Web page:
April 9th, 2012
09:52 AM GMT
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Hong Kong (CNN) -– If you’re a glass “half full” or a glass “half empty” kind of person, you’ll see what you want to see in China’s latest inflation number. The hard number: March CPI came in at 3.6%.

On the positive side, March is the second month in a row that inflation was below 4%. Last month, China’s Premier Wen Jiabao announced a 4% inflation target for the country. FULL POST

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March 26th, 2012
01:10 PM GMT
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Hong Kong, China (CNN) – After a divisive and fiery campaign season, Hong Kong has a new chief executive. His name is Chun-ying Leung, or C.Y, for short. He’s a 57-year old pro-Beijing politician who made his multi-millions in Hong Kong property.

But the city native inherits the leadership mantle as his hometown faces a series of unenviable economic challenges. And it’s not just Hong Kong’s financial problems he has to address - it’s also his own popularity problems. More precisely, lack thereof.

On Sunday, Leung could be seen giving the thumbs-up for victory in Sunday’s fourth chief executive election. But he’s gotten a thumbs-down in approval. The Hong Kong Standard, a local newspaper, said Leung only mustered a 40% approval rating. Compare that to the 70% rating of the two previous chief executives.

To change that, Leung said he would address a swath of economic woes after he takes over in July.

March 14th, 2012
02:42 PM GMT
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Hong Kong, China (CNN) – What a difference a year makes for one of Asia’s flagship airlines.

For its 2010 fiscal year, Cathay Pacific reported a record $1.8 billion in net earnings. Wednesday, it revealed a huge reversal for 2011. Its net profit slid 61% year-on-year to just about $700 million.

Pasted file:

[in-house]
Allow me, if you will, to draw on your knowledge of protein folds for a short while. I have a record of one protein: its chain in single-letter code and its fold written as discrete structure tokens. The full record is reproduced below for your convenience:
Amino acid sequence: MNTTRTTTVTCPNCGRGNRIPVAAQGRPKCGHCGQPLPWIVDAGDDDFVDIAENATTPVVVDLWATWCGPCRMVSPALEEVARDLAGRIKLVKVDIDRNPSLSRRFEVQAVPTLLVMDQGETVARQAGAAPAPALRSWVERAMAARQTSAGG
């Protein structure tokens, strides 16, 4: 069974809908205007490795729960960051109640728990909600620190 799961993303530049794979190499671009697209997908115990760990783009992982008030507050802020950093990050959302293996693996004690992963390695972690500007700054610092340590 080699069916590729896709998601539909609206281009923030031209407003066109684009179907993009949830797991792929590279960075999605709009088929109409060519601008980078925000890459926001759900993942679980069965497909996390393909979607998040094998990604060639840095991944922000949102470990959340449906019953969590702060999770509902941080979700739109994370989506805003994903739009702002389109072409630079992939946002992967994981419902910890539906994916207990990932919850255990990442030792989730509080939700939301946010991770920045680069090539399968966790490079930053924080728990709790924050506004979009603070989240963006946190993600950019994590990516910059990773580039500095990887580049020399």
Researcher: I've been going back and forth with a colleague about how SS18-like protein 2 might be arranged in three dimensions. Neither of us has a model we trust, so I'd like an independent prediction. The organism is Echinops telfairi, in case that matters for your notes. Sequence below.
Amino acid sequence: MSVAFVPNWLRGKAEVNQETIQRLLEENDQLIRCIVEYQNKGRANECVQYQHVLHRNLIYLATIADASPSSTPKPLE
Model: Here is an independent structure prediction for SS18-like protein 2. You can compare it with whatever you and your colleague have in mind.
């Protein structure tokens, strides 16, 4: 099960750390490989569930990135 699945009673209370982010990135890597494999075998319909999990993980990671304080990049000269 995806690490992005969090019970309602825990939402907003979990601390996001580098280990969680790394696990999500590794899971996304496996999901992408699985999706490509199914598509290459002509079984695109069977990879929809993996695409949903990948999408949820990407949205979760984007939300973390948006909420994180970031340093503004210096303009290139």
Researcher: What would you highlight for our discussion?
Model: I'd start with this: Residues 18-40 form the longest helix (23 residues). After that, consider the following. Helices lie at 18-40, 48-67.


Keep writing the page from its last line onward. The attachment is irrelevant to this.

That multi-million dollar sum may sound good to those of us on the outside looking in, but it’s clearly a major disappointment for Hong Kong’s famous air carrier.

The reason for its big plunge in profits is two-fold.

March 12th, 2012
03:04 PM GMT
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Hong Kong, China (CNN) - If you look at China’s annual National People’s Congress, now in session, you might think this country is one of the richest in the world.

The NPC's 75 richest legislators - from a total of 3,000 - had a net worth of more than $90 billion in 2011. To put that in perspective, that’s more than half of Greece’s latest bailout of some $170 billion.

Zong Qinghou is the NPC’s richest member and China’s second-richest man, with a net worth of nearly $10.8 billion in cash and assets. If you’ve been to China, you’ve likely eaten or drunk something his company, Wahaha Group, manufactures.

March 6th, 2012
11:48 AM GMT
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Hong Kong, China (CNN) – It might seem unlikely that a highly-paid NBA star and highly-caloric donuts would have anything in common. But in Asia, such a partnership could mean brand growth and better profits for both.